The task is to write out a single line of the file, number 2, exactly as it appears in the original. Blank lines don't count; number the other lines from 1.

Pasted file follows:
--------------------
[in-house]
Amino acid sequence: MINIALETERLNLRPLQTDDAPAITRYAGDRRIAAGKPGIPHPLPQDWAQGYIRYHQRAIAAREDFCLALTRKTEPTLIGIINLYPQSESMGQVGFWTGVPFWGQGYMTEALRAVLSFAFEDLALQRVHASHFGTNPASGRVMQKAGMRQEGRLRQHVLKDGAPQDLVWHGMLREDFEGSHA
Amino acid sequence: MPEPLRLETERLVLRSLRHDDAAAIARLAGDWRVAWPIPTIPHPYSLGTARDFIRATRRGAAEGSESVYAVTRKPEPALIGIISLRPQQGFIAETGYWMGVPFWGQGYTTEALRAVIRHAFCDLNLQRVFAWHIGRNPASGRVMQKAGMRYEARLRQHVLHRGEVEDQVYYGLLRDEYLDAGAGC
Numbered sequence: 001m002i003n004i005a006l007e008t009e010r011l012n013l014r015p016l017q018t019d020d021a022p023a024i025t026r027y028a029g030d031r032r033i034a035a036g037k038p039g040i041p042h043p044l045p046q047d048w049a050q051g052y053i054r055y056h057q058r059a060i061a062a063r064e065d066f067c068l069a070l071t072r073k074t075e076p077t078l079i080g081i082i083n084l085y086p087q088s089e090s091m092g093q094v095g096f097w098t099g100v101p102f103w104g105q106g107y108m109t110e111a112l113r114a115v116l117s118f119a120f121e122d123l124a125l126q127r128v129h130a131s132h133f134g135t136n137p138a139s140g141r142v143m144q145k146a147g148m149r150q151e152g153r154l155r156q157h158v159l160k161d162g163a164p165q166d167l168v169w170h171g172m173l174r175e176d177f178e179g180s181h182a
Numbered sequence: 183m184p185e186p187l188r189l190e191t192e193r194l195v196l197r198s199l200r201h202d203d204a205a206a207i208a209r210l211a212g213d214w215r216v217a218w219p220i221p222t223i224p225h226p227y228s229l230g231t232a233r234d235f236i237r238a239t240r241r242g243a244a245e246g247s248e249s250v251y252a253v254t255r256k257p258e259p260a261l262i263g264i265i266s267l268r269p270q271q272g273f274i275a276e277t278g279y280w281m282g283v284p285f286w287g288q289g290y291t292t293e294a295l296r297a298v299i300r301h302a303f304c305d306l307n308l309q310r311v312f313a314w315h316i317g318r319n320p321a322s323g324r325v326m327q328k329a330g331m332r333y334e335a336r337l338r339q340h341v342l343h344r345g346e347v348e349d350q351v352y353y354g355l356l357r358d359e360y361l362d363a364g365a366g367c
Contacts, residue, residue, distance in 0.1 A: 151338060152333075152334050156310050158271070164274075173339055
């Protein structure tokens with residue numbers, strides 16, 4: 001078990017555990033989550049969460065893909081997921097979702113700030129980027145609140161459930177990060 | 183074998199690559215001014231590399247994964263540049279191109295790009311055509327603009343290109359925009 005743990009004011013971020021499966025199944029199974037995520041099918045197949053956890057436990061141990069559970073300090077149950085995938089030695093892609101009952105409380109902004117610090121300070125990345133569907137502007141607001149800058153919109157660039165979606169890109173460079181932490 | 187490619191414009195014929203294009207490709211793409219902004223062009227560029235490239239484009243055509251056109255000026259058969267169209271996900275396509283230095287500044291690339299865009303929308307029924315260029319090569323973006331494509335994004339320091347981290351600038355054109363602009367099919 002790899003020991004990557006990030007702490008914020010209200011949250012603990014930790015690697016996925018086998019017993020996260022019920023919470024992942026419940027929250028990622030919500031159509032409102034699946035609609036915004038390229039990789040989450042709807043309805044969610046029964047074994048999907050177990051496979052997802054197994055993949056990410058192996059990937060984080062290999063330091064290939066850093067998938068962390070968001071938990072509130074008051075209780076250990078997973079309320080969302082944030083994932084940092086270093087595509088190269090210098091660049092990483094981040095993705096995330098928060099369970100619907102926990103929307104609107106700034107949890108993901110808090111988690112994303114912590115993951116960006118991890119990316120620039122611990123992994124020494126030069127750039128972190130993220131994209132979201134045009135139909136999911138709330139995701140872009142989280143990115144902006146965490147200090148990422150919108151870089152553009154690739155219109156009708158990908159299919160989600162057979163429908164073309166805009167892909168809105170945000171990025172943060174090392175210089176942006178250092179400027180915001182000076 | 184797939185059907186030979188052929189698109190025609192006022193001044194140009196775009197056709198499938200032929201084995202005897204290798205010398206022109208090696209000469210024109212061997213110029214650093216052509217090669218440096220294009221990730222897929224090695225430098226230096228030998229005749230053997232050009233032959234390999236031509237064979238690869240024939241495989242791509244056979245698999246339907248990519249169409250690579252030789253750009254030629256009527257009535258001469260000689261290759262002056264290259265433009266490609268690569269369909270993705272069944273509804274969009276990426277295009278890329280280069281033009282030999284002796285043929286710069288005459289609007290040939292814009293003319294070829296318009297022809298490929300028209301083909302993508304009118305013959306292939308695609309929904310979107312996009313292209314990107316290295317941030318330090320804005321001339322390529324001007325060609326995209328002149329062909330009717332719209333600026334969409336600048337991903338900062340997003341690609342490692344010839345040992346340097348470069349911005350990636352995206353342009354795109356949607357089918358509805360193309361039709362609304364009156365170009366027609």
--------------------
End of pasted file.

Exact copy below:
Amino acid sequence: MINIALETERLNLRPLQTDDAPAITRYAGDRRIAAGKPGIPHPLPQDWAQGYIRYHQRAIAAREDFCLALTRKTEPTLIGIINLYPQSESMGQVGFWTGVPFWGQGYMTEALRAVLSFAFEDLALQRVHASHFGTNPASGRVMQKAGMRQEGRLRQHVLKDGAPQDLVWHGMLREDFEGSHA